Sophomore engineering student Jessica Zenger has already proven she’s ingenious.
Not only has she mastered the nuts and bolts of integrated calculus and physics, but she’s proven adept at sophisticated time management, as well.
She commutes between classes in Merced and her weekend job at the Garré Winery and Café in Livermore, reads “everything I can get my hands on” and maintains a 3.8 grade point average, which earned her a recent Student Achievement Award from the School of Engineering.
Her biggest challenge?
“Working out my class schedule to balance both my engineering needs and, literary passions,” she said.
Zenger, 19, wanted more than textbooks when she went searching for a university.
“My original goal was to graduate with a degree in biology,” she said, “but I found I relished a good puzzle.”
She decided she wanted to build an engineering future at the same time she practiced building the kinds of things engineers are trained to build. She wanted a school that inspired students to craft solutions for community needs.
She was especially interested in UC Merced’s Service Learning Program, where teams tackle projects like designing a natural lighting system for the gem and mineral display at the new California State Mining and Mineral Museum, in Mariposa, and configuring solutions to technology information systems for abused and battered women and their children.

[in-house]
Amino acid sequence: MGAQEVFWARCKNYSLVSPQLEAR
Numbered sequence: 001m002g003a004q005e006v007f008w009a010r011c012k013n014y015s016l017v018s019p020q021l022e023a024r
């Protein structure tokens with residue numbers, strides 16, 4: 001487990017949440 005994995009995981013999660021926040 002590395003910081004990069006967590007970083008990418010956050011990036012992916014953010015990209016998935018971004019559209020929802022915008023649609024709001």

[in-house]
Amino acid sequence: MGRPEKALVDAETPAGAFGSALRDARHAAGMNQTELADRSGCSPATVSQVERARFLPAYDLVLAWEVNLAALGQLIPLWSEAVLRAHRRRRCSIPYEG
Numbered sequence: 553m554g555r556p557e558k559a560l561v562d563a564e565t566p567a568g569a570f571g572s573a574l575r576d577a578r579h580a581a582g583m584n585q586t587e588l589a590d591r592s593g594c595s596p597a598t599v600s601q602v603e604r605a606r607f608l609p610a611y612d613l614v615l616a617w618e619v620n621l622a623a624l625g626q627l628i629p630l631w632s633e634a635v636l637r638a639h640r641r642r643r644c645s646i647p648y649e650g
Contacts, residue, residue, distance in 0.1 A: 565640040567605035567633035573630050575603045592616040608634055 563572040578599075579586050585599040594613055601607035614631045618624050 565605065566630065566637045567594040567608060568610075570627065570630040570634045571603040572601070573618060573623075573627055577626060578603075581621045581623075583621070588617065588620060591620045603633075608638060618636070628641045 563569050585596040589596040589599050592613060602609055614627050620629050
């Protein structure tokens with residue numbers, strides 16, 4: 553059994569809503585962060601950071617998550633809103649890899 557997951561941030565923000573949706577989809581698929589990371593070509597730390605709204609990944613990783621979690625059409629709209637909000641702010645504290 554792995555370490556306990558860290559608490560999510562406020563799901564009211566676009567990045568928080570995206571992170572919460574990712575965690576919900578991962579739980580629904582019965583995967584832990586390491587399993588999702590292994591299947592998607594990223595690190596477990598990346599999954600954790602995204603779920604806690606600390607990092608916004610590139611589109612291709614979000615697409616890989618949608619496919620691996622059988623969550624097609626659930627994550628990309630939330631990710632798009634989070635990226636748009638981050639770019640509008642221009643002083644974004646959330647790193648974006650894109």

“UC Merced was one of the better choices for me, as it is one of the few campuses that is delving into not only the traditional textbooks as a way of teaching, but also uses hands-on research,” she said.
Zenger doesn’t have a favorite professor - she has two: ” Professor Tom Harmon for helping me out with almost every homework assignment and dealing with my constant flow of e-mails, and Professor Christopher Viney for his ever-present enthusiasm.” She doesn’t hold it against Harmon that he taught her toughest class yet - environmental engineering.
It’s just the kind of challenge Zenger enjoys.
Now she’s looking at options in environmental engineering and making a contribution to the research of renewable energies, she said.
And finding time to get to the beach.
“Over the summer I was in Capitola with friends like twice a week,” she said.